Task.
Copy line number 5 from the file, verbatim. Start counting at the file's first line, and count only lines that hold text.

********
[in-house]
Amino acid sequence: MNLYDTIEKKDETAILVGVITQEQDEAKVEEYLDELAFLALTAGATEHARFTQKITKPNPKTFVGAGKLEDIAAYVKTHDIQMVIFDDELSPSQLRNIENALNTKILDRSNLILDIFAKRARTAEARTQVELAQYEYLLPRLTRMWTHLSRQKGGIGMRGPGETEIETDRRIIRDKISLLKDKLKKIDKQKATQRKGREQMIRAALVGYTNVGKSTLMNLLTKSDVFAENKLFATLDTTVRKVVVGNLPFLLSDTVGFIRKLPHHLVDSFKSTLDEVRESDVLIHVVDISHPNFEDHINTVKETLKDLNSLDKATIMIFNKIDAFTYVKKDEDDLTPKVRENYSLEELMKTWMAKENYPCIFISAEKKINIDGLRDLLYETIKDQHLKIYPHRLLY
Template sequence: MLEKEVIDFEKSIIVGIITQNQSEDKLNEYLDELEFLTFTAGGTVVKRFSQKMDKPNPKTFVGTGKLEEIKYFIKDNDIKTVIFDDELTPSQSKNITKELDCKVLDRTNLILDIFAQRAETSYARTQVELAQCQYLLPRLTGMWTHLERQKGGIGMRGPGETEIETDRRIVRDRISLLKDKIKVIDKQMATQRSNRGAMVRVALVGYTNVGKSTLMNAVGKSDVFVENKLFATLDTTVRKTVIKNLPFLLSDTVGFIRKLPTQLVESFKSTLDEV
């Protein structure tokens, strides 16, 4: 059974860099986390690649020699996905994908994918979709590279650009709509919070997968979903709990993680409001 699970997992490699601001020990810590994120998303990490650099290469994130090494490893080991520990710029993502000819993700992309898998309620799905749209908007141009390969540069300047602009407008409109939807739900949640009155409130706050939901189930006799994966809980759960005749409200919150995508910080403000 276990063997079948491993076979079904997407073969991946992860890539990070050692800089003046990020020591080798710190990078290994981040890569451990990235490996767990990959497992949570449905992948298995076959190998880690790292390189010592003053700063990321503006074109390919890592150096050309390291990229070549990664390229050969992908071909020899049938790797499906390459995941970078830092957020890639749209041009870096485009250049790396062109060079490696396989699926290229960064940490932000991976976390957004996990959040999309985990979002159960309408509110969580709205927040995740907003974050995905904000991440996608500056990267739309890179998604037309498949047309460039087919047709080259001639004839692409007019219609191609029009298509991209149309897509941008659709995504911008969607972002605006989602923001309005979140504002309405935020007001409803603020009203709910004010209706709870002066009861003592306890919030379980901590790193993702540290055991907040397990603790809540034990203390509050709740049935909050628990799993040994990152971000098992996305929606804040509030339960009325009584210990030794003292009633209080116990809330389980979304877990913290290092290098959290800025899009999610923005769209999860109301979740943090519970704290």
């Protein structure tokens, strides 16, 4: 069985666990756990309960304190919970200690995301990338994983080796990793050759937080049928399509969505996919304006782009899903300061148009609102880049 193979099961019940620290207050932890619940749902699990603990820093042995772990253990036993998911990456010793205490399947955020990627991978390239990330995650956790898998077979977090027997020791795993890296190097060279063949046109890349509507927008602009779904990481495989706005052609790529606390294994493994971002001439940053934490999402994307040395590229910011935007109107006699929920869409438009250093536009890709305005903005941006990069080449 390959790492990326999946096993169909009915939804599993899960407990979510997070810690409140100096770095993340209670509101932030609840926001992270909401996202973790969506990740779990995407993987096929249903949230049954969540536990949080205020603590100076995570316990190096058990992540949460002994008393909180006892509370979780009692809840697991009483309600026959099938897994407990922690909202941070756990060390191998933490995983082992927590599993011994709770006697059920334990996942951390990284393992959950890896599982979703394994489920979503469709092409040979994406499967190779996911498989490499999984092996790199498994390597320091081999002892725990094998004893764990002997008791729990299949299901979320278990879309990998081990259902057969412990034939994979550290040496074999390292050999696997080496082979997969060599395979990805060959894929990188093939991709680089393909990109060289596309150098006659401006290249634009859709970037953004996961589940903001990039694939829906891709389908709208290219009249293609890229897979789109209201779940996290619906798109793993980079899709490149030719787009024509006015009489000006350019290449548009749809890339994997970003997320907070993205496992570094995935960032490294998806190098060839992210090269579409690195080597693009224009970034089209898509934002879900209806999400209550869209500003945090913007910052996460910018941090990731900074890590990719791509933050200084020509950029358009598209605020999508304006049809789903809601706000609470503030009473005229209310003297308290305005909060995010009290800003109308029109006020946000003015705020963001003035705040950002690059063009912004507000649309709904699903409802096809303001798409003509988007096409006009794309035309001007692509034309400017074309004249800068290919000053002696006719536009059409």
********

């Protein structure tokens, strides 16, 4: 069985666990756990309960304190919970200690995301990338994983080796990793050759937080049928399509969505996919304006782009899903300061148009609102880049 193979099961019940620290207050932890619940749902699990603990820093042995772990253990036993998911990456010793205490399947955020990627991978390239990330995650956790898998077979977090027997020791795993890296190097060279063949046109890349509507927008602009779904990481495989706005052609790529606390294994493994971002001439940053934490999402994307040395590229910011935007109107006699929920869409438009250093536009890709305005903005941006990069080449 390959790492990326999946096993169909009915939804599993899960407990979510997070810690409140100096770095993340209670509101932030609840926001992270909401996202973790969506990740779990995407993987096929249903949230049954969540536990949080205020603590100076995570316990190096058990992540949460002994008393909180006892509370979780009692809840697991009483309600026959099938897994407990922690909202941070756990060390191998933490995983082992927590599993011994709770006697059920334990996942951390990284393992959950890896599982979703394994489920979503469709092409040979994406499967190779996911498989490499999984092996790199498994390597320091081999002892725990094998004893764990002997008791729990299949299901979320278990879309990998081990259902057969412990034939994979550290040496074999390292050999696997080496082979997969060599395979990805060959894929990188093939991709680089393909990109060289596309150098006659401006290249634009859709970037953004996961589940903001990039694939829906891709389908709208290219009249293609890229897979789109209201779940996290619906798109793993980079899709490149030719787009024509006015009489000006350019290449548009749809890339994997970003997320907070993205496992570094995935960032490294998806190098060839992210090269579409690195080597693009224009970034089209898509934002879900209806999400209550869209500003945090913007910052996460910018941090990731900074890590990719791509933050200084020509950029358009598209605020999508304006049809789903809601706000609470503030009473005229209310003297308290305005909060995010009290800003109308029109006020946000003015705020963001003035705040950002690059063009912004507000649309709904699903409802096809303001798409003509988007096409006009794309035309001007692509034309400017074309004249800068290919000053002696006719536009059409």